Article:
MoviePass has been around since 2011 but has only recently gained traction. According to Business Insider, the news of the price slashing caused MoviePass’ site to crash from all the newfound interest.

So how does MoviePass work?

Once you sign up for the service you will be sent a debit card in the mail. Register the card on the MoviePass app then enter your zip code and it will give you a list of participating theaters (MoviePass claims that 91% of theaters nation-wide accept the service). Choose your preferred film and MoviePass adds money to your debit card for you to purchase the ticket.

There are, of course, a few caveats.

For starters, it will only work for standard 2D films, so you will have to go ahead and pay separately for a 3D or IMAX showing. You’re also limited to day-of showings, so you can’t plan ahead. Most importantly, you have to be near the theater for the app to work, as this ensures someone else isn’t using your account. As soon as you are within tracking distance, the app will let you choose your movie and book a ticket, which you have to buy at the counter. This, of course, can be a problem if the movie is popular and the chances of being sold out are high.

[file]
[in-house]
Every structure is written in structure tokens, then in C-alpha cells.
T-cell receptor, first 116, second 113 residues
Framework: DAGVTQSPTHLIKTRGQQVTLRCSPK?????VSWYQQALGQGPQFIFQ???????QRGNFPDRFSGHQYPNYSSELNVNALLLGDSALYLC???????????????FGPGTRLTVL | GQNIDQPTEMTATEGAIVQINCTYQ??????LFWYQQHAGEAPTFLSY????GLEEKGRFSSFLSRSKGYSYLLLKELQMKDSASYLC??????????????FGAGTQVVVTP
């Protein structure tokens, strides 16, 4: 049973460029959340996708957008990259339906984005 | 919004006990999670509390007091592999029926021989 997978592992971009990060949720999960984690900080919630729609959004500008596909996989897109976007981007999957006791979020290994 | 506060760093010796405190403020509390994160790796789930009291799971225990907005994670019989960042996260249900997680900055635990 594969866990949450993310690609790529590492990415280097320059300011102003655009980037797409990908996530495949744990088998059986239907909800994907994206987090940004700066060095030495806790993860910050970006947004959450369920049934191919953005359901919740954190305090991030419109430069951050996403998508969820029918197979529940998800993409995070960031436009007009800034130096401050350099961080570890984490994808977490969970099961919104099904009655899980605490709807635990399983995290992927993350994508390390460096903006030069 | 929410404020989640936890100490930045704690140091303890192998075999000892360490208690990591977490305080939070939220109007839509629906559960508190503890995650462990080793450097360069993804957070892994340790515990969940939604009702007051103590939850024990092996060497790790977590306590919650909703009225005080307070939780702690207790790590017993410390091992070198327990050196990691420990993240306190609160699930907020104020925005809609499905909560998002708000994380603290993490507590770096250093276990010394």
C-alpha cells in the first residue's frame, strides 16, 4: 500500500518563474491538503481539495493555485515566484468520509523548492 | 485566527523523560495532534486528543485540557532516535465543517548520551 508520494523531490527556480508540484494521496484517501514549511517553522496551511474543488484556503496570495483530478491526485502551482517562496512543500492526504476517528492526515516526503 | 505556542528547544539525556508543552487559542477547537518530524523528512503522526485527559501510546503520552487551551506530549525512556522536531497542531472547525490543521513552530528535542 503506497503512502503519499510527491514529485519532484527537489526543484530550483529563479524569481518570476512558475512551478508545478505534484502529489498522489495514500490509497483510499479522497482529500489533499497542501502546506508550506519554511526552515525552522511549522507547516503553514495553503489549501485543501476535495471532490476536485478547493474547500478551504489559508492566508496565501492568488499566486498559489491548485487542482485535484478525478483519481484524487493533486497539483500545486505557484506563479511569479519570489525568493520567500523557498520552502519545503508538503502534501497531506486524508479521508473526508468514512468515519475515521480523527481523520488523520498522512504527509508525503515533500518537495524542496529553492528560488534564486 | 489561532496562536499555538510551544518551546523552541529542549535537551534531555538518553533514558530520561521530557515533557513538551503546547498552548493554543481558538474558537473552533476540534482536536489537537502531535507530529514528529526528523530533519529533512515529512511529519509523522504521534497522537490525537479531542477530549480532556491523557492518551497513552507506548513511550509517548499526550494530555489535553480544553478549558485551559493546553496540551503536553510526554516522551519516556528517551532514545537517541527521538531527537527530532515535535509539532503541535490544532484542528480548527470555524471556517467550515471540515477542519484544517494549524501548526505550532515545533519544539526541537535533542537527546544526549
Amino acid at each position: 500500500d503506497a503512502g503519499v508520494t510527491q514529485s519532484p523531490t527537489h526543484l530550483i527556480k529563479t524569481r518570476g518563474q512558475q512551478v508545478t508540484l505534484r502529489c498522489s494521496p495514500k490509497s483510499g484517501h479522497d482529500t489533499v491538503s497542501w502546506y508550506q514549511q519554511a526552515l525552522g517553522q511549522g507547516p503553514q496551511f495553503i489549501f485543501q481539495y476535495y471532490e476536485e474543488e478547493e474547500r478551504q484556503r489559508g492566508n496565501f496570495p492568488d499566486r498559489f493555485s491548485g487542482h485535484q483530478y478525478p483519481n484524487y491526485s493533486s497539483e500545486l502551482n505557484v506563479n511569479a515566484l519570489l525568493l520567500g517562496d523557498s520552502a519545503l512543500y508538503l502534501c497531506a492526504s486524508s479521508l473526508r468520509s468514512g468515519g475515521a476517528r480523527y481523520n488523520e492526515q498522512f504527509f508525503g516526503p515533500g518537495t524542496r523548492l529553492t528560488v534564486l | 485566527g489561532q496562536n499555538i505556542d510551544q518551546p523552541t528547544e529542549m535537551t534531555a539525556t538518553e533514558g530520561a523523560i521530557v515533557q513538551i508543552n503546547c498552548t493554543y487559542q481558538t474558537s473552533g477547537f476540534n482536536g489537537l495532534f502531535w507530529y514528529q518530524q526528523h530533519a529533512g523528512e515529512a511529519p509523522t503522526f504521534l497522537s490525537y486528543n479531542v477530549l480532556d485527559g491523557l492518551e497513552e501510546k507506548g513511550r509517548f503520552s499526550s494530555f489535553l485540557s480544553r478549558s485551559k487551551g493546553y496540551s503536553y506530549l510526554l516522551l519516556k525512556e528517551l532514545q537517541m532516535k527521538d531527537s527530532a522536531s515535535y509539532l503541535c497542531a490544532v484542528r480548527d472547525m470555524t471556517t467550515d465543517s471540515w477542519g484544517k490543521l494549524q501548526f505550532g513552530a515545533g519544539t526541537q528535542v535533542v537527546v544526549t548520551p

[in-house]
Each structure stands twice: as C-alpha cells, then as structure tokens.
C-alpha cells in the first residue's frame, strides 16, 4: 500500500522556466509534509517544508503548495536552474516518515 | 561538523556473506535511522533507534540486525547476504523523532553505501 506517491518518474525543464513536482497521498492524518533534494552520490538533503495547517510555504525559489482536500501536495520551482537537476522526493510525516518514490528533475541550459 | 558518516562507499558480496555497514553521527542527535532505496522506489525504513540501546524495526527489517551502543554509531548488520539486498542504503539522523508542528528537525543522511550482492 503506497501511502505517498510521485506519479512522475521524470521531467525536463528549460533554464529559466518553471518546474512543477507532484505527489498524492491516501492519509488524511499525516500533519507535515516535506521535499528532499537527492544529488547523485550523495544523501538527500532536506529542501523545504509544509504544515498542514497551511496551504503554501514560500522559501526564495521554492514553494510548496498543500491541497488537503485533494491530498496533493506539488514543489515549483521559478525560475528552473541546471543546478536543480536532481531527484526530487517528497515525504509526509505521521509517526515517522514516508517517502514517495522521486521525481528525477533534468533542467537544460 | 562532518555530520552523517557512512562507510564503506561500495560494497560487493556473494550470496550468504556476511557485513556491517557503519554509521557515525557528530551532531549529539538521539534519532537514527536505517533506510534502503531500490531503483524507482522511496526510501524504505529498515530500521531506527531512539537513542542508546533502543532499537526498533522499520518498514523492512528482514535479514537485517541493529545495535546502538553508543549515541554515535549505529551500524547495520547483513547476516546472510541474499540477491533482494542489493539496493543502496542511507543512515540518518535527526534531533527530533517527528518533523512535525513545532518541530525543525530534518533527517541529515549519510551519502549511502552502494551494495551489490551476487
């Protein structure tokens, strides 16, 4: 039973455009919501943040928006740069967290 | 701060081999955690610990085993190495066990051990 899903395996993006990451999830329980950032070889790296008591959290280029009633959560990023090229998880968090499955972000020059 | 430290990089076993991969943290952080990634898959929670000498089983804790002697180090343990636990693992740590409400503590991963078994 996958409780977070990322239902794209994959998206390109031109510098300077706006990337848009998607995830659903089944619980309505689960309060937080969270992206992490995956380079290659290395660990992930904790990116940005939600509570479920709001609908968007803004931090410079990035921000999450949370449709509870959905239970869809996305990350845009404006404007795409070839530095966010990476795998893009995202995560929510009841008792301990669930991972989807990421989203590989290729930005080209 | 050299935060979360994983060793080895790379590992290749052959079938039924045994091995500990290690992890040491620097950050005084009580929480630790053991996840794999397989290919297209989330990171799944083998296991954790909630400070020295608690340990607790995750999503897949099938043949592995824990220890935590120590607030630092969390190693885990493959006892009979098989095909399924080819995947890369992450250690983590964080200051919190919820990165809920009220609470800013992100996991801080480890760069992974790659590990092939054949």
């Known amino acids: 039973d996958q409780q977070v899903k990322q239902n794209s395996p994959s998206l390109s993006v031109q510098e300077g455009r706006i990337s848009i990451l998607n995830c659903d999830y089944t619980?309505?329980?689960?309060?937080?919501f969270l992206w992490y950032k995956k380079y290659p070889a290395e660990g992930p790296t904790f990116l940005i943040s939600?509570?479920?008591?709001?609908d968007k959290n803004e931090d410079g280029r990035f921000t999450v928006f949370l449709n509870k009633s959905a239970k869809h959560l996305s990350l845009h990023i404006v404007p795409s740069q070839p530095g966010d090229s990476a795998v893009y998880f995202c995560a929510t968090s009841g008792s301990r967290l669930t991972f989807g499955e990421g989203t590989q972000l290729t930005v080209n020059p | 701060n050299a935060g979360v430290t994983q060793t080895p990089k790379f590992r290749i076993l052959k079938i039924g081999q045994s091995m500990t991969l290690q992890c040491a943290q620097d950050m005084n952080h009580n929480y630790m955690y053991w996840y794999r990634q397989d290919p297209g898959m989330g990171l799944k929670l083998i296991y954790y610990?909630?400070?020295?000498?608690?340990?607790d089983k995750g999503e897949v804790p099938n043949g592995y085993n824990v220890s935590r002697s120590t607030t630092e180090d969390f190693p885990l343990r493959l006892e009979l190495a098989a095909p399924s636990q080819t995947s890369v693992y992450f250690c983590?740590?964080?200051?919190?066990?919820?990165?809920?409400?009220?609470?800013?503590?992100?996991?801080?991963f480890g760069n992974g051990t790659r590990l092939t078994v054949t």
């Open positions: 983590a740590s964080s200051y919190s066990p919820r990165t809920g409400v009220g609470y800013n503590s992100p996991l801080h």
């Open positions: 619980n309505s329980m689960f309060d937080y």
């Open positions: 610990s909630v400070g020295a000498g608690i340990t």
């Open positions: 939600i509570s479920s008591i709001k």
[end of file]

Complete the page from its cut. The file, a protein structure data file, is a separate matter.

While consumers are happy, AMC Theaters is not. The company has threatened a lawsuit against MoviePass, claiming its business model is unsustainable and MoviePass (and therefore AMC) could potentially lose money.

“From what we can tell, by definition and absent some other form of other compensation, MoviePass will be losing money on every subscriber seeing two movies or more in a month,” the company stated.

An Inside Look at the Equestrian Business

A photo of a man riding a horse.

Jürgen Gabler (photo: A. Moser).

A business that one doesn’t hear much about (unless you are in the equestrian world) is horse training.